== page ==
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Internet Resources for the Calculus Student - Topics in Precalculus

Parametric Equations

Many interesting curves are not function graphs with y=f(x), but can be described by specifying both x and y as functions of a third variable (called a parameter). For example the circle x^2+y^2=1 can be described "parametrically" with x=cos(t) and y=sin(t). The path of any moving point can be described this way with the parameter, t, being the time.

Some interesting examples correspond to cases where the moving point is attached to a wheel:

The Cycloid arises when the point is on the rim and the wheel is rolling along a flat surface.
Spirograph is a child's toy that lets you draw the corresponding curves when the circle rolls inside or outside another circle. (The toy itself is actually used in our M183 calculus lab on parametric equations.)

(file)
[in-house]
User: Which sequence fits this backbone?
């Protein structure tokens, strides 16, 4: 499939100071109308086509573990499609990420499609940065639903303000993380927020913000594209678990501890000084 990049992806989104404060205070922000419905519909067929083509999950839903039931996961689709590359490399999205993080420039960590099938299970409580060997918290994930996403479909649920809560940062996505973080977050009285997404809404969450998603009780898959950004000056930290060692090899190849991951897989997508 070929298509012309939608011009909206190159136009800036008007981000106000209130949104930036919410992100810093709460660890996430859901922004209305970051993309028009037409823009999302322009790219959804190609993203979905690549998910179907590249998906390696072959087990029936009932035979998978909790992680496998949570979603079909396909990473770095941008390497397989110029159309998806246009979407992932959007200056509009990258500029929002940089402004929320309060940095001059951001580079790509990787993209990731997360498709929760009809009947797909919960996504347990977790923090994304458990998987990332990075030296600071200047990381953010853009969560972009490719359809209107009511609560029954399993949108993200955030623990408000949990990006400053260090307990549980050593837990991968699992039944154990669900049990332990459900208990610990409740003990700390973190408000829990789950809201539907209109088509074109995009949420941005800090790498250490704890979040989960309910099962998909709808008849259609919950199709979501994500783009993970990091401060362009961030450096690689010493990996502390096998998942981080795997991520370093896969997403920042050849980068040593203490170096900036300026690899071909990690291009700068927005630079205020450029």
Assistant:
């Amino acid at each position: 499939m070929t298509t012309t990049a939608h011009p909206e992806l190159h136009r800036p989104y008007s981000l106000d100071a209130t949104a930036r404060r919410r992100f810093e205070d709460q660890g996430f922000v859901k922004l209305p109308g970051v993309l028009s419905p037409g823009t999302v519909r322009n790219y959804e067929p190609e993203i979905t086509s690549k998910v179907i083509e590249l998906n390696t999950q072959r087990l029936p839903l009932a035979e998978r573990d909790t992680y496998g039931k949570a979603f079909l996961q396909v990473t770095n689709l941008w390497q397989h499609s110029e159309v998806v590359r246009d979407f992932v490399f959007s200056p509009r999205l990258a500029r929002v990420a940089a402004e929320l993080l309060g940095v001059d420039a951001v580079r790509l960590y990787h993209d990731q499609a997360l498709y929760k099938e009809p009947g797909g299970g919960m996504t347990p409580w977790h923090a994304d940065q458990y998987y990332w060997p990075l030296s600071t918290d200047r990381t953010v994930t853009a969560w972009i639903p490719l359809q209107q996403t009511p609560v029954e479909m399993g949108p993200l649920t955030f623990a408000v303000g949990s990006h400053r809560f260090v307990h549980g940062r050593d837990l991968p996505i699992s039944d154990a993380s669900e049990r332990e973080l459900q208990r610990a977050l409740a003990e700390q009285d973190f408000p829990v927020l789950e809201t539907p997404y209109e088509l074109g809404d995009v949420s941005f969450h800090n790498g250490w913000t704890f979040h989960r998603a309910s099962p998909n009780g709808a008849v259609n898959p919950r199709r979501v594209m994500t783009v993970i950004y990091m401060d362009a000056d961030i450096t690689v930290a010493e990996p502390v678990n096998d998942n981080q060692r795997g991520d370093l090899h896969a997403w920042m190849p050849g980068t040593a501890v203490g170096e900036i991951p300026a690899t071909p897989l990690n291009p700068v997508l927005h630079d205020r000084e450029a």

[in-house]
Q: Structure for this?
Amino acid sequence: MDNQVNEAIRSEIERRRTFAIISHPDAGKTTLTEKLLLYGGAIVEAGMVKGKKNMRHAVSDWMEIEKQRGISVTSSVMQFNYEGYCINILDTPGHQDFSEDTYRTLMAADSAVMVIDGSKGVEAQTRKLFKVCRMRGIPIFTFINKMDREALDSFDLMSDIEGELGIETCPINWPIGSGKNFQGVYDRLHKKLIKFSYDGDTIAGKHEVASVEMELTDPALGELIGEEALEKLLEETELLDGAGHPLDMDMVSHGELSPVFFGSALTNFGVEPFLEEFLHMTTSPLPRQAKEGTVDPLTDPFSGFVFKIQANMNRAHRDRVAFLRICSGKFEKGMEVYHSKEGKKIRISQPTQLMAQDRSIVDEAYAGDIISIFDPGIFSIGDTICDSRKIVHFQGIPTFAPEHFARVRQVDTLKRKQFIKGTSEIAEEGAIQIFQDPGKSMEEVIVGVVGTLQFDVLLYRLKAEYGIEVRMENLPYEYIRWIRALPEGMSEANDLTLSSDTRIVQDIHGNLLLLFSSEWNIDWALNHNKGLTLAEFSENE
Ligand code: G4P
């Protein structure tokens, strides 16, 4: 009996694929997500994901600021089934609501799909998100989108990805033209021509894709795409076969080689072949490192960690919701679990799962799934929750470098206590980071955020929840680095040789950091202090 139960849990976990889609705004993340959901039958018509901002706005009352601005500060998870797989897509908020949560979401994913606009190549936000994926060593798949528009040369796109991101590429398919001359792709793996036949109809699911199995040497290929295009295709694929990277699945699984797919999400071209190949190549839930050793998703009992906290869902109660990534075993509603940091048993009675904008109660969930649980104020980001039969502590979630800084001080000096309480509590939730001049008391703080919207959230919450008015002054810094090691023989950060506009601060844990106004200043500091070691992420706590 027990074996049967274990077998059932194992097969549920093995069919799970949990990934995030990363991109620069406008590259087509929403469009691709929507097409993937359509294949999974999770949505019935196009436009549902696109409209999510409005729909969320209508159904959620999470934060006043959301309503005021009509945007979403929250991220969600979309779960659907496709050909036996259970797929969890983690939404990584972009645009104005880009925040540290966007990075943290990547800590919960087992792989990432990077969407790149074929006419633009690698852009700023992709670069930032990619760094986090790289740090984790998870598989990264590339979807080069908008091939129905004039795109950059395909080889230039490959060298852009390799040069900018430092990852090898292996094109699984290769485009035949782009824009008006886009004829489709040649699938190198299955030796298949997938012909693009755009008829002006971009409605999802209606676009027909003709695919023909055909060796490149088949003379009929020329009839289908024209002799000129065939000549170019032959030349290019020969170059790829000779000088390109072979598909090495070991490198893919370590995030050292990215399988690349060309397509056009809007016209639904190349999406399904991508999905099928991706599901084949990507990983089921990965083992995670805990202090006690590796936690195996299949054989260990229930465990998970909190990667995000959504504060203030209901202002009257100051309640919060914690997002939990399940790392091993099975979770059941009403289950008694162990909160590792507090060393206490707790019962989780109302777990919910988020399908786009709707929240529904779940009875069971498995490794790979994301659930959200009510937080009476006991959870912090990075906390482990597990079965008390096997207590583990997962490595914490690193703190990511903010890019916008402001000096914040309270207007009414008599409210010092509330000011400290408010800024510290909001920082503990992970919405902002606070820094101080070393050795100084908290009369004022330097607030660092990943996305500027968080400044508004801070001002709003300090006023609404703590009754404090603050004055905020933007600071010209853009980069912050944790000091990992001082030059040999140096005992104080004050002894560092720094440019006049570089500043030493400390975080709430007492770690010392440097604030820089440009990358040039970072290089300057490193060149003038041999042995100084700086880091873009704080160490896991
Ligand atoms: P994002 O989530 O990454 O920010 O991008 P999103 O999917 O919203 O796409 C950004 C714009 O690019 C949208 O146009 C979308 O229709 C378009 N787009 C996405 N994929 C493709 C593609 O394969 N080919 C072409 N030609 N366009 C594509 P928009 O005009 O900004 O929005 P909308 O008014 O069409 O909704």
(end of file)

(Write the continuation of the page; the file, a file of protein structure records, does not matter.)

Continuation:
Many of these Famous Curves are defined parametrically, as are also many of the ones in this Visual Dictionary of Special Plane Curves.

Here are some other sites dealing with parametric curves that have been found and reviewed by Langara students:

url:  http://members.aol.com/kchs99/calc/basics.html From: Kalamazoo College web site
(Reviewed by Amin Pirzadeh)

and: http://members.aol.com/kchs99/calc/focus.html also discusses projectile motion
(Reviewed by Amin Pirzadeh)

and this URL:http://members.aol.com/kchs99/calc/index.html was reviewed by Tony Wang

You might also check our 'raw list' (of links provided without comment) to see if there are any more examples there that we haven't yet included here.

If you have come across other good web-based illustrations of parametric curves,
     please do let us know and we will add them here.


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